# Particle won't scale(change size) with camera distance,how can I realize this feature in my shader

I investigate this problem for two days, but most closely search result is “size attenuation” in WebGL(maybe)?

Someone told me It has something to do with “Perspective-Correct Interpolation”, I haven’t experience deep Graphic, so I don’t think it’s related…

The effect is like ParticleSystem - Renderer - Min Particle size and max Particle size both set to 0.1.

I know It’s about PosVS.z or PosCS.w or some thing like these( depth? ), but all I can figure out is simply

v.posVS.xy*=-v.posVS.z;

The object do not scale with camera distance indeed, but its position is changing in scene…

I’m insane…Any one can save me…

Your intuition is correct, this isn’t related.

The correct way to do this is to scale the mesh based on the depth from the camera. Here’s an example shader that takes the default quad mesh and rotates it towards the camera while keeping it a constant view size.
https://discussions.unity.com/t/745529/3

But there are some big caveats. When scaling the mesh, we’re assuming a few details. One, that we’re scaling the mesh in local space where the mesh’s pivot is at the center of the mesh.

If you take the shader and apply it to two quads, it stops working. Why? Because by default Unity batches simple meshes, meaning it combines them into a single mesh pre-transformed into world space. You no longer know where the center pivot of each quad is to scale around. Meaning when scaling the mesh you’re not scaling each quad in-place, but scaling the entirely particle system around the world origin.

If you’re trying to do this to an actual particle system, the particle system’s mesh is usually batched just like the above example, meaning you don’t know where the particles are, and scaling it will again be scaling it around the world origin.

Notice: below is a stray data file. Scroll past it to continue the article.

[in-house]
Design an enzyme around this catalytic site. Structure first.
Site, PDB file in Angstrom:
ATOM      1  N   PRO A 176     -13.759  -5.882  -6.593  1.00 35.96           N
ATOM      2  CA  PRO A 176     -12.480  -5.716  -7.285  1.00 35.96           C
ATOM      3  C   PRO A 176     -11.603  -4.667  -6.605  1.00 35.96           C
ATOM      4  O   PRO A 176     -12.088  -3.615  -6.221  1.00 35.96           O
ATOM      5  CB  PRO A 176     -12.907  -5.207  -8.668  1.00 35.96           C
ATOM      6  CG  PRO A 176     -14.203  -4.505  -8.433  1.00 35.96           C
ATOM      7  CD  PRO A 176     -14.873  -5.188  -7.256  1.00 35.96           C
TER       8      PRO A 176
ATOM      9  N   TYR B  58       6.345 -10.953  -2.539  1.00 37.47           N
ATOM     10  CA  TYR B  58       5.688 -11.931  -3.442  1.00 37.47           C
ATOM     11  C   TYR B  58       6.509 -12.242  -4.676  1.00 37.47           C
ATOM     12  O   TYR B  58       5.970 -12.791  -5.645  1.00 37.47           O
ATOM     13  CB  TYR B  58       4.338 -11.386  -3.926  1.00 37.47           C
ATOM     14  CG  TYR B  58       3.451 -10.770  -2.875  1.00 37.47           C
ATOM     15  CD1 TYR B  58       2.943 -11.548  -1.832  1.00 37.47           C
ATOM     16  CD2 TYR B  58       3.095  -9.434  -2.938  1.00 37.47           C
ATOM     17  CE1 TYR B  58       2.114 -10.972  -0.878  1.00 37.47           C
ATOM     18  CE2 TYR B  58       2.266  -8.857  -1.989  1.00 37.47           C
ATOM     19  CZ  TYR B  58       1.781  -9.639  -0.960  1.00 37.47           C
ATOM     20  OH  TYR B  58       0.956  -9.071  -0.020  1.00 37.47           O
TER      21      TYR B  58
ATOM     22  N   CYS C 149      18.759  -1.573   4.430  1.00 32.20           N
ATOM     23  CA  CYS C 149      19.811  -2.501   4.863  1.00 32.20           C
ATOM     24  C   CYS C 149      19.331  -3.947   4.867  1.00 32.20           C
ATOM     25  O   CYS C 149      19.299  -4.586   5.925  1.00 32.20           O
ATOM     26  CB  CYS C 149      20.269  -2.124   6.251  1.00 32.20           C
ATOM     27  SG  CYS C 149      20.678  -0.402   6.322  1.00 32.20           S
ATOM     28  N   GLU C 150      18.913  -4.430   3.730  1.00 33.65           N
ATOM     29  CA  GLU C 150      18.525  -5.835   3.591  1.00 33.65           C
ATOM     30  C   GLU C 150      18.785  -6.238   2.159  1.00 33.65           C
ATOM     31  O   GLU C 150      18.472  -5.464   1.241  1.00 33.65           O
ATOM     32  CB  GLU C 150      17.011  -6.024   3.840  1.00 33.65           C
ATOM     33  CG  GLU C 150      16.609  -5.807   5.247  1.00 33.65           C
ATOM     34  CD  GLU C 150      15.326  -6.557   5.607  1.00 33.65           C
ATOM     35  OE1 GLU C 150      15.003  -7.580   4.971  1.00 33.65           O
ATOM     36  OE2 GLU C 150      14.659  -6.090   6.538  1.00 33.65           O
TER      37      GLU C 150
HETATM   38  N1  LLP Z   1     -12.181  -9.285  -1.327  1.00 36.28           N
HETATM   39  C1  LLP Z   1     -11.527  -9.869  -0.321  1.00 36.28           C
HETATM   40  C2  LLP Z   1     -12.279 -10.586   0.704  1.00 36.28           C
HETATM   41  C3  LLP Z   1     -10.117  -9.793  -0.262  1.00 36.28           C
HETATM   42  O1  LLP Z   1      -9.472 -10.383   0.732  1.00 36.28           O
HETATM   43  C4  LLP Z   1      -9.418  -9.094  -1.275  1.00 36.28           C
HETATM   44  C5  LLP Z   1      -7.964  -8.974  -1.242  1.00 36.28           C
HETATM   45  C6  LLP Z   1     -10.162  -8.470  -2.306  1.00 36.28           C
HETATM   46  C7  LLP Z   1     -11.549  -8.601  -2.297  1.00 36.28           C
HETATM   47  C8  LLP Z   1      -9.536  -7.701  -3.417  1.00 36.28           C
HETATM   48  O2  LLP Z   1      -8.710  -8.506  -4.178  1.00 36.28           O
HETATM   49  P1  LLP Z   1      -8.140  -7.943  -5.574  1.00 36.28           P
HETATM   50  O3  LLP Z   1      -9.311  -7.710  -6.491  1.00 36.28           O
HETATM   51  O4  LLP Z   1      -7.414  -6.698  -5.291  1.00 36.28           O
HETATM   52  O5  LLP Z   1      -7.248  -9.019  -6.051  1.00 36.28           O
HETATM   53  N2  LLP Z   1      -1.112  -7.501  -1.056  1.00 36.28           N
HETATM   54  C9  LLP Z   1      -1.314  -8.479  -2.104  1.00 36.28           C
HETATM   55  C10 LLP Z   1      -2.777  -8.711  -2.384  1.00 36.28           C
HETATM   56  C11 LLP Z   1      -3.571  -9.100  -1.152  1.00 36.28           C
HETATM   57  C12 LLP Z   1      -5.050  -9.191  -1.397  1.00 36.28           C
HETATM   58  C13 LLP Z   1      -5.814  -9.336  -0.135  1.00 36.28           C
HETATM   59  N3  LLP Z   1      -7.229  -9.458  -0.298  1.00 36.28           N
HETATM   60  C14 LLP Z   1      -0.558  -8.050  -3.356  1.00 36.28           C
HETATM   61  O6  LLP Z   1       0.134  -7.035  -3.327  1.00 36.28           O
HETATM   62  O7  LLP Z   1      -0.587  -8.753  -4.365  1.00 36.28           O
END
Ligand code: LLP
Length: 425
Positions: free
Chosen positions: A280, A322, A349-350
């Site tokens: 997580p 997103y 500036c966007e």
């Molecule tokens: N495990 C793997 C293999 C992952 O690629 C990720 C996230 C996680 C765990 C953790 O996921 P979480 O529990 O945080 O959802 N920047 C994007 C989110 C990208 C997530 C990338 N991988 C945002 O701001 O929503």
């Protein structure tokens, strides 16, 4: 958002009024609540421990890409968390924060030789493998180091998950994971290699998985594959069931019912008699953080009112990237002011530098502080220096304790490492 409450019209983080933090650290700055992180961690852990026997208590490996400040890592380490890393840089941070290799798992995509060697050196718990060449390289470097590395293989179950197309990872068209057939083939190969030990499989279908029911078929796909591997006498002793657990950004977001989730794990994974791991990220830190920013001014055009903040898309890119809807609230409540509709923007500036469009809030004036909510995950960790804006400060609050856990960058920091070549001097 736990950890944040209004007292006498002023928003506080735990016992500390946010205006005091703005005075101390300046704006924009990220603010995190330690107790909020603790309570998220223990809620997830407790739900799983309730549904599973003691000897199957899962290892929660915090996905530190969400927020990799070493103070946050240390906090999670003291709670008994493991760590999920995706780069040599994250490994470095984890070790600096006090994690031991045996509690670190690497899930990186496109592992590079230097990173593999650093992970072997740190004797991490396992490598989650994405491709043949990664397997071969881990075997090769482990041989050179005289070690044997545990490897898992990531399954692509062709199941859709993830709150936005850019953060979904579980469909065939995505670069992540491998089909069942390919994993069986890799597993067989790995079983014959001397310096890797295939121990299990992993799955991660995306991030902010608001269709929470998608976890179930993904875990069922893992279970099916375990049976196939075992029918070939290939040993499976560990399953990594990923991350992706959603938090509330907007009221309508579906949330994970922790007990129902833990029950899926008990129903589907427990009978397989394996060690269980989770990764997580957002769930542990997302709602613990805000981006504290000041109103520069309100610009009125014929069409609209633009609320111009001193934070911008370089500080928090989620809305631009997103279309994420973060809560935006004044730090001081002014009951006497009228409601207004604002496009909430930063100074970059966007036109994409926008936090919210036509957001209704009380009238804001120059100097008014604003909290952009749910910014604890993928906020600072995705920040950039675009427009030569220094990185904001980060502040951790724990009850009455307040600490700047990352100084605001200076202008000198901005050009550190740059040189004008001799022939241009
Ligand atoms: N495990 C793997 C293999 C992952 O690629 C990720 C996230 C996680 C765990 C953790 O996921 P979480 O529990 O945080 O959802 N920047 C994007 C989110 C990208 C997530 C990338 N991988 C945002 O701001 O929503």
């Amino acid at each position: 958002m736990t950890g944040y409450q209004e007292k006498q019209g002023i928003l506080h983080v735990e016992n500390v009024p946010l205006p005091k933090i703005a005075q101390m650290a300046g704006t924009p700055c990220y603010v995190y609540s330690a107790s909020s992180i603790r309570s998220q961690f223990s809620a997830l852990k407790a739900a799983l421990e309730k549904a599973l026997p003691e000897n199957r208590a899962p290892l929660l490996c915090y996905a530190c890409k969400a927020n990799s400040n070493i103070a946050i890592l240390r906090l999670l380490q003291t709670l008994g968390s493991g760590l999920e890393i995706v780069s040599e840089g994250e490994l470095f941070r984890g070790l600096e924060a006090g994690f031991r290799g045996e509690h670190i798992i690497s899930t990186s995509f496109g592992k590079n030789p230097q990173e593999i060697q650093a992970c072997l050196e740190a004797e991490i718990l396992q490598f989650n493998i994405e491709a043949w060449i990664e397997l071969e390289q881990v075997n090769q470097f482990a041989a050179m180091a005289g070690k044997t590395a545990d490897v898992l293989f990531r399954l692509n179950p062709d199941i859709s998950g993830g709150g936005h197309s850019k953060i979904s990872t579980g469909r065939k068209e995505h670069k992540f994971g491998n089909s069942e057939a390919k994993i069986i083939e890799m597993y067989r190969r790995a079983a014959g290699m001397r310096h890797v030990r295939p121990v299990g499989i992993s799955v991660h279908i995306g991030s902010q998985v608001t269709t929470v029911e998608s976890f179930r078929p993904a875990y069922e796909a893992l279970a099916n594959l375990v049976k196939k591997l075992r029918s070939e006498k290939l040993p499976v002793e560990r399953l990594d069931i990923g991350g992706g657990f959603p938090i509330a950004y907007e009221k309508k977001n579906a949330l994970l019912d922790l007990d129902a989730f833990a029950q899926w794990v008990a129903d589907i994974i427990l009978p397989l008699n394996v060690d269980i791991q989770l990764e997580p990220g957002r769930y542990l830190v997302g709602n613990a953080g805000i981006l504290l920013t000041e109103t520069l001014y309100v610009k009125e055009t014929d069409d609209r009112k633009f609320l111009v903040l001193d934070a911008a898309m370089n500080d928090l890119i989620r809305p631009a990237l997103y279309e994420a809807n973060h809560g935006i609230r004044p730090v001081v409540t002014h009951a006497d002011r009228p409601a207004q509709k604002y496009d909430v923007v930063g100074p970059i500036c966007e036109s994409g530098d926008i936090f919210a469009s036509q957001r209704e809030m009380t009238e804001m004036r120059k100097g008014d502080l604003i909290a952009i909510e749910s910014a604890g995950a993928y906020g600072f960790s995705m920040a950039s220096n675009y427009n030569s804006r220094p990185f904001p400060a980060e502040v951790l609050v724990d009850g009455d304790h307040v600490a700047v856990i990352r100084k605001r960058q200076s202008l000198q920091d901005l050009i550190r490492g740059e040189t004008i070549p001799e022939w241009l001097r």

The ways around this would be to use an instanced mesh particle system instead of the default batched mesh particles, as these do retain their individual pivot positions.

Alternatively you can use custom vertex streams to pass the particle’s world position to the shader via unused UV channels. You can then subtract that pivot position from the vertex positions, do the scaling, and add the pivot position back.

Either way these require slightly more complex shaders than the linked example.

Do you mean GPU instance? I’m not familiar to particle system. Actually I’m not going to create particles, just want to add some “UI”（signs？） in scene(world space?) but not on screen.

I’ve found the thread you provided the day before yesterday, it did save my life, I owe you my best thanks.

Then I received new demands yesterday.

1. Change the anchor point of quad in shader. According to my observation, the quad rotates according to origin. Does this mean I need to change the origin of object space? Should I mul translation matrix? 'cause I think it’s a coordinate transformation, like the second statement in the following pic. The effect is wrong.

2.Rotate the quad in shader. I also use matrix like the first statement in the following pic.It looks not bad.

1. Always show the quad above all the objects. Can I simply “ZTest off”?

I find another problem(maybe very foolish). Is float4 in shader a row vector? Matrix is row matrix? Then why
mul(UNITY_MATRIX_V, float4(worldPos, 1.0));
is right? mul((4x4) , (1x4)), this looks not right in math?

This can be accomplished by offsetting the local vertex position before scaling it. But there are some things to be weary of when doing this, as it means the mesh will be getting pushed outside of its CPU side bounds, meaning it might be culled by occlusion or the camera frustum too early.

The only real solution to this is to expand the bounds, which you can do by scaling the game object up, and inversely scaling the mesh down in the shader. Though this will be an issue even when rotating around the pivot due to the mesh not actually rotating and the quad mesh having a nearly flat AABB that can be easily culled.

Are you trying to rotate around the axis pointed towards the camera? Then again you can do this by rotating the local vertex position, after applying any offset for the pivot, and either before or after the scaling. You can also construct a full transform matrix if you want, but it’s not actually any faster on modern GPUs to do that vs doing it step by step.

Yes. …ish. You also will also likely want to change the `SubShader`’s `Tags` to include `"Queue" = "Overlay"` so it also renders after everything else.

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